Who responds to field expansion?
Clinically, individuals with a visual field of 20 degrees diameter or greater are usually not complaining of significant mobility difficulties. Mobility becomes much more impacted when field diameters become 10 degrees or less. This clinical observation may help us to better understand the range of visual fields (the ‘narrow window’ of the title if you will) where a 0.5x FE or IM can be of value.
When an individual with a 20-degree field (we’ll always be talking diameter) evaluates a 0.5x FE, while they may now have the equivalent of 40 degrees, they weren’t having enough difficulty to make the FE beneficial enough to bother with. If an individual only has a 3-degree field, the FE can make it 6, so while it’s wider, it’s still not wide enough (more than 10 degrees) to be functionally helpful—it’s not better enough to matter. However, an individual with 10 degrees will now see 20, and that they may like. It may be the same for 7 degrees, as now it will be 14. At 5 degrees it will now be 10, the possible threshold for mobility issues, and as a result the patient’s response might go either way. So, it appears that there is this ‘narrow window of opportunity’—perhaps between 7 to 15 degrees– where the optical doubling of the field of view might be helpful for individuals.
Want to know what 10 degrees is? Extend your arm to its full length and bend your hand at the wrist so your fingers face the ceiling. At arm’s length the width of your hand is just about 10 degrees.
Let’s assume that your patient appreciates the benefit of the visual field doubling. Let’s now talk about prescribing. Where is the individual likely to be looking to insure their safest mobility? They’ll be looking downward most likely. So, positioning the field expander in the top of the carrier lens in bioptic position may be ergonomically inconvenient. They’ll have to tilt their head too far down to be able to see the floor. So, a straight-ahead (full diameter) position, or perhaps even a downward position should be considered, because that’s where all the ‘action’ is likely to be. Positioning the FE in full diameter position means it will be in the way when not needed, so the flippable SightScope option may be compelling because it can be moved in and out of position as needed. A handheld device, that can be worn around the neck and picked up as needed, may also be a convenient option if the hands are otherwise available and not using a cane, walker, or carrying packages for instance.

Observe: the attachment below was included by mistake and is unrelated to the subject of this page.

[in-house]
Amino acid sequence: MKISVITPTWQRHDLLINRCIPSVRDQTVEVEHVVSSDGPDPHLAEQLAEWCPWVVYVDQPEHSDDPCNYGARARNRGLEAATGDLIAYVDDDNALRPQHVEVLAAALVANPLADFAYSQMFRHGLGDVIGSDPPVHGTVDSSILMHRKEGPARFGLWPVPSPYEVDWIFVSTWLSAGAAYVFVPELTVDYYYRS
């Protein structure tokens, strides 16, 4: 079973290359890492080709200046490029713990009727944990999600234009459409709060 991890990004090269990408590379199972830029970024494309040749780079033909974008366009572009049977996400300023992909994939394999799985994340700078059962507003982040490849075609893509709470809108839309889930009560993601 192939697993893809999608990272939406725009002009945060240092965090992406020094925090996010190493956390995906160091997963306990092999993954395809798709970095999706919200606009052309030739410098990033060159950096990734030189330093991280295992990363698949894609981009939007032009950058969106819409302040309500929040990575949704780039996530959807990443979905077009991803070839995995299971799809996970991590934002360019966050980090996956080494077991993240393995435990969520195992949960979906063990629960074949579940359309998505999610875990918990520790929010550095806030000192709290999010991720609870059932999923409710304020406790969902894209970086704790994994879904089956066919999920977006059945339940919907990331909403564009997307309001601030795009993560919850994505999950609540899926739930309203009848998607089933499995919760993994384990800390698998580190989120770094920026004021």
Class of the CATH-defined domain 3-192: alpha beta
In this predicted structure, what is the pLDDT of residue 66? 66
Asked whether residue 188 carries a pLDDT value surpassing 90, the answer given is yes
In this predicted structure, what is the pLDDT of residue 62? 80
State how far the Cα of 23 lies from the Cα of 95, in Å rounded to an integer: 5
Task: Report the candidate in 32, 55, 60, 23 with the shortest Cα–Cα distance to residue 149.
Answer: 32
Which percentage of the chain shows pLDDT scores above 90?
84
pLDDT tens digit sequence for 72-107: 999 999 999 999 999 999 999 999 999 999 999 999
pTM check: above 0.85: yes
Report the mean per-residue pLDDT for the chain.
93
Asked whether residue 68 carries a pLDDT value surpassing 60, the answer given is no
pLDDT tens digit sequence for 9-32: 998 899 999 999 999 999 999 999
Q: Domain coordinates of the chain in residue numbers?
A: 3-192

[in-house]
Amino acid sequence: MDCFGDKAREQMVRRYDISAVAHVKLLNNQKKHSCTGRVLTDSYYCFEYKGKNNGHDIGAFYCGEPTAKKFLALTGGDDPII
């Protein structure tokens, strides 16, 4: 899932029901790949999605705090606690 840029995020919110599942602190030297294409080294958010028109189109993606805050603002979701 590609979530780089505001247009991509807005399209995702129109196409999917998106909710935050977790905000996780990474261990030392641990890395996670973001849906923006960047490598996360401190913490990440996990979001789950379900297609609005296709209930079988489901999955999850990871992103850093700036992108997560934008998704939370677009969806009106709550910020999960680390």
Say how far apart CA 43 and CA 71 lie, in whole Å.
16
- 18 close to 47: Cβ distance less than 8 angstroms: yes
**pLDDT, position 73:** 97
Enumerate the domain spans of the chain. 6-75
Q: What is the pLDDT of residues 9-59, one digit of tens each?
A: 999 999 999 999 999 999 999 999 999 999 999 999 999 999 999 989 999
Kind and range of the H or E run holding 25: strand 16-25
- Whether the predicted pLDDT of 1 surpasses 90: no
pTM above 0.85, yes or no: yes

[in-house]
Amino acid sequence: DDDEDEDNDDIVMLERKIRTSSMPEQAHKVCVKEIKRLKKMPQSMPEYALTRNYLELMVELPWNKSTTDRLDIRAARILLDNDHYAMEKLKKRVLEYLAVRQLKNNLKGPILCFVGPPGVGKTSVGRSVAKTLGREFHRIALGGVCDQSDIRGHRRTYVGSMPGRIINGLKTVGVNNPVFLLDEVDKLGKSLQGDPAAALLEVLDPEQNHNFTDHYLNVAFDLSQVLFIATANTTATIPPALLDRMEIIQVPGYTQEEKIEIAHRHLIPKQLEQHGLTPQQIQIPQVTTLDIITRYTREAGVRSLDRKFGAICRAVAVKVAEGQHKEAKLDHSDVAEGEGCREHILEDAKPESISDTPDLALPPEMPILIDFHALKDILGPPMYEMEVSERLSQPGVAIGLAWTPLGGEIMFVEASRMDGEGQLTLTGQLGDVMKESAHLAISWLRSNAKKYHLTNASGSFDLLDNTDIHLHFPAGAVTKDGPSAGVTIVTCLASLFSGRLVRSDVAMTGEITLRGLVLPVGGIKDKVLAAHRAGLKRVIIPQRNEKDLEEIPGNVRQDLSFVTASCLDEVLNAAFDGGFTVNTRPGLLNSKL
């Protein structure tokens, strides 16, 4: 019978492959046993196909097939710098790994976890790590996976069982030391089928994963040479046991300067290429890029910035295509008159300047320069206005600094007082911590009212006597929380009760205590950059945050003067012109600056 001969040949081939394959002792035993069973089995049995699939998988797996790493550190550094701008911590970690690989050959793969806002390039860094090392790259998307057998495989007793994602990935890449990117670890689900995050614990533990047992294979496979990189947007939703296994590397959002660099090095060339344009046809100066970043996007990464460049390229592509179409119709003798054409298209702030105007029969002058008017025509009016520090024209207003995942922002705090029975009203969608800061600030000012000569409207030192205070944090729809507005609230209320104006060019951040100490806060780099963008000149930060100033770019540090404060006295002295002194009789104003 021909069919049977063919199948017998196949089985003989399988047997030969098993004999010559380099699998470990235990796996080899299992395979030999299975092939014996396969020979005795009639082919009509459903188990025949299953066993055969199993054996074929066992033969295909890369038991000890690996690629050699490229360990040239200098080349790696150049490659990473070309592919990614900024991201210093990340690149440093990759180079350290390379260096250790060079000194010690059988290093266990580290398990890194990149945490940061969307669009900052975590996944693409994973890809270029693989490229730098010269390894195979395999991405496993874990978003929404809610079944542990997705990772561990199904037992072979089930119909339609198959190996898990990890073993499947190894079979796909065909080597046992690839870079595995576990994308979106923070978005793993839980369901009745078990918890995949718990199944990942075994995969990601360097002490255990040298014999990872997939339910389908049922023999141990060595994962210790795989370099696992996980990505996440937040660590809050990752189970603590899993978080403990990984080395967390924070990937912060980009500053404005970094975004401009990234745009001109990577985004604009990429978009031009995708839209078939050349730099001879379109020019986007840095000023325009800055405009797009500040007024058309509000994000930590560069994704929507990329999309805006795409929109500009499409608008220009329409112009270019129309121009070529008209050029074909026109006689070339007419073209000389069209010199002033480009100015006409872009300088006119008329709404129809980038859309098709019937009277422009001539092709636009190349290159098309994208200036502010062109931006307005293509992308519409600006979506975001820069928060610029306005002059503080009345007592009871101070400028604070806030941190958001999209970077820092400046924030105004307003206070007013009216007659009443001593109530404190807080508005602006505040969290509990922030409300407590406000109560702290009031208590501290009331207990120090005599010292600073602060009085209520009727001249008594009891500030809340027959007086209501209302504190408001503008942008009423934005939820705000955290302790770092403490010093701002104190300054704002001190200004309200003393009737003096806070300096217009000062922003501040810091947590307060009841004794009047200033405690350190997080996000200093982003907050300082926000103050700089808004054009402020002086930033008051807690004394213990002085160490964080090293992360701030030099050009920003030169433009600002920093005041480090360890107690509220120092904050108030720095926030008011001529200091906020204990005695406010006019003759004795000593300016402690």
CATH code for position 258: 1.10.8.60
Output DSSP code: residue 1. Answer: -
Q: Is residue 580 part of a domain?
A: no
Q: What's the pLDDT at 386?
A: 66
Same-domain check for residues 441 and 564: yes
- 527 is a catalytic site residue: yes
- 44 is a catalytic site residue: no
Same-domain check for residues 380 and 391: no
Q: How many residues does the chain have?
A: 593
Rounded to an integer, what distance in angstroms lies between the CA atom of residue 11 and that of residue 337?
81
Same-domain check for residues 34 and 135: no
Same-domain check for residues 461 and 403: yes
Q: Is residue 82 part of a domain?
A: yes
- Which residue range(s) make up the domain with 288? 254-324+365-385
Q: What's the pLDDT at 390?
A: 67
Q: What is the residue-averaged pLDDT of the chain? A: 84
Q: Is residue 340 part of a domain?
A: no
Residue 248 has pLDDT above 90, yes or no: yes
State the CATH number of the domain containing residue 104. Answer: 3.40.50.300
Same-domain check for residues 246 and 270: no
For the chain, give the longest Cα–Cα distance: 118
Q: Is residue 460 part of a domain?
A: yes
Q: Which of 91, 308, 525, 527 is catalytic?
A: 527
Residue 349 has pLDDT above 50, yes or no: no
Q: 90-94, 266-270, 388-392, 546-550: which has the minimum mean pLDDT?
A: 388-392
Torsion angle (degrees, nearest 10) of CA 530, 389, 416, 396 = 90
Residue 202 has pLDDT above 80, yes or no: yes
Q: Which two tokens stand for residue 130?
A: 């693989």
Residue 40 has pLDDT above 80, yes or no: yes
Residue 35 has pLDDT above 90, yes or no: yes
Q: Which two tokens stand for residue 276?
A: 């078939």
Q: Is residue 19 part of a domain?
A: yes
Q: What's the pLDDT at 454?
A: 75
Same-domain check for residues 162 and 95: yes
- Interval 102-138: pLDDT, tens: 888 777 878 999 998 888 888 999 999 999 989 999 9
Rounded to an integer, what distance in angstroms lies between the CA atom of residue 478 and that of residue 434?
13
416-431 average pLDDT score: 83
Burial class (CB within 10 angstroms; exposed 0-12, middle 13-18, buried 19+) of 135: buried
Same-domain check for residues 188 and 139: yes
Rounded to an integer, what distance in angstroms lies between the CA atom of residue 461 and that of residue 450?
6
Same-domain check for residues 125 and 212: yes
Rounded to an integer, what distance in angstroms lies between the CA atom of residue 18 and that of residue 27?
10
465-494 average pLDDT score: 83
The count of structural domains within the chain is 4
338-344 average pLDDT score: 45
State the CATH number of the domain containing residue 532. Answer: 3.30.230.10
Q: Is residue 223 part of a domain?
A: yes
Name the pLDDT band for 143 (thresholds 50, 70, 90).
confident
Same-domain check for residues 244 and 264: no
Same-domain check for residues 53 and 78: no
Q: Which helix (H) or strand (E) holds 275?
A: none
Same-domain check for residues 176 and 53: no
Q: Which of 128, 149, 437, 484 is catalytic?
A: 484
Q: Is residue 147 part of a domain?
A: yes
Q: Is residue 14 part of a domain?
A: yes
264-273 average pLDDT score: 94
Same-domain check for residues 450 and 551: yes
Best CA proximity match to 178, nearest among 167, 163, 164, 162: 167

Field expansion can also be helpful for locating objects on a table, desk, work area and watching TV and movies. Of course, since the field of view is like a cone, widening as one looks further away, sitting as far away as the individual’s acuity will permit will also maximize the field of view. Again, these visual activities are either in straight-ahead or downward positions, so a top-mounted bioptic position will be inconvenient. Individuals need to learn to keep their materials close at hand so they won’t have to look too far afield to find them, however, the challenge as many individuals with tunnel vision will tell you, is that others will unintentionally (hopefully) tend to move their materials around, making them harder to find.